Skip to Main Content
Skip Nav Destination

Chapter 3 engages with the interest of German linguists in secret languages, focusing on recordings of a Congolese drum language and a secret language from the Gold Coast of Africa. The chapter examines the cases of Stephan Bischoff and Albert Kudjabo. Bischoff was raised at a mission station, had migrated to Germany, was interned at the civilian camp in Ruhleben during World War I. He also worked as a language assistant at the University of Hamburg. On a recording he discusses the violence of colonial missions and the destruction of a shrine in Togo in 1913. Bischoff also impersonates the voice of a West African deity, an instance of the indexicality of voice in historical sound recordings. Kudjabo volunteered for the Belgian army and recorded drum language in a POW camp. He also delivered a short dialogue, which speaks of the destruction of livelihoods in his home region after the discovery of gold by the Belgian colonial regime. The chapter discusses both men’s decolonial critique, and other examples which so far have remained unheard. In Fragment V, Mamadou Gregoire from Benin criticises the practices of recruitment for the French army.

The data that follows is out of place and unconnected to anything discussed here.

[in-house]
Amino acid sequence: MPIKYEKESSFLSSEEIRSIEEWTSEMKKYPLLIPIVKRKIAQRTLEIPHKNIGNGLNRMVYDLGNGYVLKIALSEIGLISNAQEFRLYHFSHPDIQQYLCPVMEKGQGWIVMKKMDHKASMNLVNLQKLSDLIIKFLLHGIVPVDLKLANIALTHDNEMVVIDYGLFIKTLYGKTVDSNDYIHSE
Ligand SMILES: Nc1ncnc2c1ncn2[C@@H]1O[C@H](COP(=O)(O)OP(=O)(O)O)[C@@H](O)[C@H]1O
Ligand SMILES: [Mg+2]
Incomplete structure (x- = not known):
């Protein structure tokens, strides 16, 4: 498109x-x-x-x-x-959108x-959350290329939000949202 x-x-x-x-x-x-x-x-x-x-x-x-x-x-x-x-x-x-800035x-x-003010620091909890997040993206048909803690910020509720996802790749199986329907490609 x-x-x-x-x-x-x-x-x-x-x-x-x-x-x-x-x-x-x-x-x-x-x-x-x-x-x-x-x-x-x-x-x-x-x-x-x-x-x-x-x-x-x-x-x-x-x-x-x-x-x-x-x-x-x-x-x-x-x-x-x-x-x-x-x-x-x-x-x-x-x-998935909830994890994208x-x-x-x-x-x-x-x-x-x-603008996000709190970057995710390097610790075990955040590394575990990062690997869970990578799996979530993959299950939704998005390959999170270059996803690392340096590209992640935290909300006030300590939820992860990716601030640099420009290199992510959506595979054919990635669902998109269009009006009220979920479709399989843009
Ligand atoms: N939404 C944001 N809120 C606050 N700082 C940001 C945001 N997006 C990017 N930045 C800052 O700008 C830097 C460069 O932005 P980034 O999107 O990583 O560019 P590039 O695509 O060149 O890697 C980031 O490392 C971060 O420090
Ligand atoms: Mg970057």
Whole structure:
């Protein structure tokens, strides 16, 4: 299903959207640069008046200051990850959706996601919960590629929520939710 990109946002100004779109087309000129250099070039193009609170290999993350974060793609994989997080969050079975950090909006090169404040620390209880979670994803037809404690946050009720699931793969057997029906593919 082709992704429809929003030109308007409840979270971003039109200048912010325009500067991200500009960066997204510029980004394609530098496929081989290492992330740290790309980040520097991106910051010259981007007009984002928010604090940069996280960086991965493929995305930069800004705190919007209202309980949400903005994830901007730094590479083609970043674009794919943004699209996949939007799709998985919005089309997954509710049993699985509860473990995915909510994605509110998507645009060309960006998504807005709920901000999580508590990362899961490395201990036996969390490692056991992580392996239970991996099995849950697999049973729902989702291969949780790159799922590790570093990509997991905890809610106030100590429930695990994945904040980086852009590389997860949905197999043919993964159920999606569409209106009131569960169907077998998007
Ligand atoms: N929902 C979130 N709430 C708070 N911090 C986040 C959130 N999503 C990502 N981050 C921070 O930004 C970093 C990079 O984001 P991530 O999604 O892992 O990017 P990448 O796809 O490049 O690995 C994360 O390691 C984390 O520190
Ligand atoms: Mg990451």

This content is only available as PDF.
You do not currently have access to this chapter.
Don't already have an account? Register
Close Modal

or Create an Account

Close Modal
Close Modal